American Companies and the GDPR
The impact of the General Data Protection Regulation (GDPR) for American companies which gather, maintain or process personal data of citizens of the European Union (EU) will be considerable – and compliance with it is obligatory.
The new EU Regulation will come into force on May 25th, 2018. The GDPR impacts the manner in which the personal data of the citizens of EU member states may be collected, used and held. It also introduces the right for individuals to have much more influence in what data about them is gathered, together with a right to know for what purposes that data is being used, and for what length of time it will be used for.
The enactment of the GDPR will instigate sweeping changes to business practices for those companies which have not already implemented a policy that reflects a similar level of data privacy. Fields as wide-ranging as finance to human resources, advertising, sales and customer services will undoubtedly be impacted by the changes. Firms which work with channel partners must also ensure that their partners’ activities comply with the GDPR.
Do American Companies Have to Comply with GDPR?
Numerous businesses have wondered aloud if GDPR applies to US-based companies which already function in compliance with the existing EU-US Privacy Shield. The short answer to their question is “yes”. The scope of the GDPR is much broader than that of the EU-US Privacy Shield, which is limited to the protection of the transfer of personal data in transatlantic exchanges. American companies which act within the scope of GDPR need to assume they will be obliged to comply with its requirements as soon as it comes into force.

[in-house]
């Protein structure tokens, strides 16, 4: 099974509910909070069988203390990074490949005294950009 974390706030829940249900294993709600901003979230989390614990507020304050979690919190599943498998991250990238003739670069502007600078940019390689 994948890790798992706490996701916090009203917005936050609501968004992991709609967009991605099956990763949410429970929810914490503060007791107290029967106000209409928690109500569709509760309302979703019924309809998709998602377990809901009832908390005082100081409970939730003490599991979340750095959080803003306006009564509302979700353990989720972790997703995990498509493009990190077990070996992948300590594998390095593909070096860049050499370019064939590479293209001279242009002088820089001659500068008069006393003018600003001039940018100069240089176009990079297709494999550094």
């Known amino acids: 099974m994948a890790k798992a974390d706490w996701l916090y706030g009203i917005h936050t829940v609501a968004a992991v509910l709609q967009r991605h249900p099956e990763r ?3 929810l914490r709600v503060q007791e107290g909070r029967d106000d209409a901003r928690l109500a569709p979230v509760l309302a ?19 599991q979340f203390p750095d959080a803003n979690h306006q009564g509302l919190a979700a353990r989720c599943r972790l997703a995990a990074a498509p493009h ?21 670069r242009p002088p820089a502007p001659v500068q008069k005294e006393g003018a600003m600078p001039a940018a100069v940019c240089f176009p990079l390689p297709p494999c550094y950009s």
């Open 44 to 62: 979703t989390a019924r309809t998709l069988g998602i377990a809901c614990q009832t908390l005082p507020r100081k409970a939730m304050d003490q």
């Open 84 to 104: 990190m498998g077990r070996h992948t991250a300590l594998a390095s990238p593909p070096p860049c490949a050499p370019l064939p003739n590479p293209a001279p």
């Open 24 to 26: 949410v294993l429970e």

The manner in which the GDPR applies to US companies which collect, use or maintain personal data may prove to be complicated. This is particularly true regarding citizens of European Union member states who are temporarily resident in the USA, or even with respect to cloud environments that may be based in an EU country but are logistically supported in the United States. These questions, among others, highlight the fact that GDPR compliance is an issue that American companies should address as soon as possible.
GDPR Compliance for US Companies
The interest for US companies to comply with GDPR is simple; they face exposure to non-compliance penalties and those penalties are significant. The new regulation just cannot be ignored by American companies. Some experts have suggested that GDPR is a privacy equivalent to SOX, which underlines just how seriously USA-based companies with EU customers should be taking the new changes.
Reassuringly, recent research carried out by PwC indicates that a large number of multinational companies are now taking GDPR for their US operations quite seriously. More than 50% of the companies that took part in the PwC survey stated that GDPR is their number one data protection priority, and over three quarters of those claimed they will be investing at least $1 million on compliance matters. Nonetheless, worries remain concerning the speed in which mid-cap American companies are preparing for the May 25th, 2018 deadline.